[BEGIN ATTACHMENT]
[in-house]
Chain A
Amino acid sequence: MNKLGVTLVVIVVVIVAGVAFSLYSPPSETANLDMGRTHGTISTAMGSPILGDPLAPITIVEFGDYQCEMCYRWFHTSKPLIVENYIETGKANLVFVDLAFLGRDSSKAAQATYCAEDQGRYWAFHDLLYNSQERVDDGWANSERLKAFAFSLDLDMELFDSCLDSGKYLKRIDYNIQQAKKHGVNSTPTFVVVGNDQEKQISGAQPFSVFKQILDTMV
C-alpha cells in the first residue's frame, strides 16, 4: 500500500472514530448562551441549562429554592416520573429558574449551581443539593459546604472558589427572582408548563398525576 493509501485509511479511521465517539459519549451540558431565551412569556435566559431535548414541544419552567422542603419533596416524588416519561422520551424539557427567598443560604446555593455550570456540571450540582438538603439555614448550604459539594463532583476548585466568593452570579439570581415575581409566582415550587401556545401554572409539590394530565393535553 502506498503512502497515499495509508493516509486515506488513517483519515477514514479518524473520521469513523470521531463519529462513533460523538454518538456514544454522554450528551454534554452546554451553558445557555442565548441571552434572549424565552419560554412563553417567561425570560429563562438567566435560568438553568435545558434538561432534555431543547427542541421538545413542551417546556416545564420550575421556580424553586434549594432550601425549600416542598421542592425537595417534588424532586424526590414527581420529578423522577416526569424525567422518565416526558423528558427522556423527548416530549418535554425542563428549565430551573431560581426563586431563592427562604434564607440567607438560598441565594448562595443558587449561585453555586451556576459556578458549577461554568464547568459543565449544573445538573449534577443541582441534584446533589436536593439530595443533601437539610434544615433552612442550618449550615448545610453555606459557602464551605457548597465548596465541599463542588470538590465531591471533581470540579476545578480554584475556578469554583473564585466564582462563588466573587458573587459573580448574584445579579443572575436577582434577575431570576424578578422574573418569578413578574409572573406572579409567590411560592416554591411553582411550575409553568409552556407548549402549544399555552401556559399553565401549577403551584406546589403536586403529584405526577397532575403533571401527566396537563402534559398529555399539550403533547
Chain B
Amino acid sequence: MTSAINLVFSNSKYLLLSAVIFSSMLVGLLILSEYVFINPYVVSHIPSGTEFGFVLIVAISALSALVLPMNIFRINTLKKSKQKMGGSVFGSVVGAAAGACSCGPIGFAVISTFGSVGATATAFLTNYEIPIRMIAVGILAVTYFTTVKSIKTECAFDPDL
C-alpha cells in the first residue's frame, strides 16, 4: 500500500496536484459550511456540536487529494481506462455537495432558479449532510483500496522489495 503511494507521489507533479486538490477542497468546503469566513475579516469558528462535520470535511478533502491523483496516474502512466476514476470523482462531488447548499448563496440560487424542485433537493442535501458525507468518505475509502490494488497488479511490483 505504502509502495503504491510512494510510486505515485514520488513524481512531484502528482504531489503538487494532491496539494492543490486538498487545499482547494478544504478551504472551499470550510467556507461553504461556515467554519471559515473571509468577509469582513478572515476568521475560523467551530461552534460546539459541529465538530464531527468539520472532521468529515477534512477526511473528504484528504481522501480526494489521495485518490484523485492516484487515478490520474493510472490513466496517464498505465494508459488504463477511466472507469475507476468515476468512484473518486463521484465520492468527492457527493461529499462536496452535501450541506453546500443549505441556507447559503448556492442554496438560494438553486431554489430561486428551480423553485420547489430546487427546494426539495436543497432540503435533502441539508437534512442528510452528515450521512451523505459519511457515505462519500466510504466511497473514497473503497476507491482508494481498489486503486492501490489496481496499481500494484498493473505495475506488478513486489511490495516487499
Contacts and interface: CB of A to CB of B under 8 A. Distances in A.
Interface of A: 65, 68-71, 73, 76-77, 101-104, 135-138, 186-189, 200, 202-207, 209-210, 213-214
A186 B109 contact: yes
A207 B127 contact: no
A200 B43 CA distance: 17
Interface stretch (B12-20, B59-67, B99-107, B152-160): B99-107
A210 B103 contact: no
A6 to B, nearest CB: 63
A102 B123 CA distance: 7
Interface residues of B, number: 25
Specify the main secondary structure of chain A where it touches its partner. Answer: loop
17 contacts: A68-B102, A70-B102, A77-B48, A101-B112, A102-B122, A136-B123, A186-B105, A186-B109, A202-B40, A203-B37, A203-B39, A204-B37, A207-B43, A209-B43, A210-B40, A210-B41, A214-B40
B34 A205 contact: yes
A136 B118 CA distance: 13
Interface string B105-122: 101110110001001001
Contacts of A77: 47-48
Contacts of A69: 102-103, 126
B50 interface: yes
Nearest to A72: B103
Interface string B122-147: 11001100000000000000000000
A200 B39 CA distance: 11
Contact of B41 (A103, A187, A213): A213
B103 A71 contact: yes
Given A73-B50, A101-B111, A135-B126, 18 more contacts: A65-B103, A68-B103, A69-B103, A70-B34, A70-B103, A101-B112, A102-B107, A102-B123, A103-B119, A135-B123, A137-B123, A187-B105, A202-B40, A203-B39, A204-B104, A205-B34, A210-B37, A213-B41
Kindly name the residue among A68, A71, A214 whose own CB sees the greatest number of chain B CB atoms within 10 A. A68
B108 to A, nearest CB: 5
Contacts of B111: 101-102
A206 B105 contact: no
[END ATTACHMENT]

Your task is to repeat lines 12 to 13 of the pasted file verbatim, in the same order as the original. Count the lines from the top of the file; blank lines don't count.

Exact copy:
A200 B43 CA distance: 17
Interface stretch (B12-20, B59-67, B99-107, B152-160): B99-107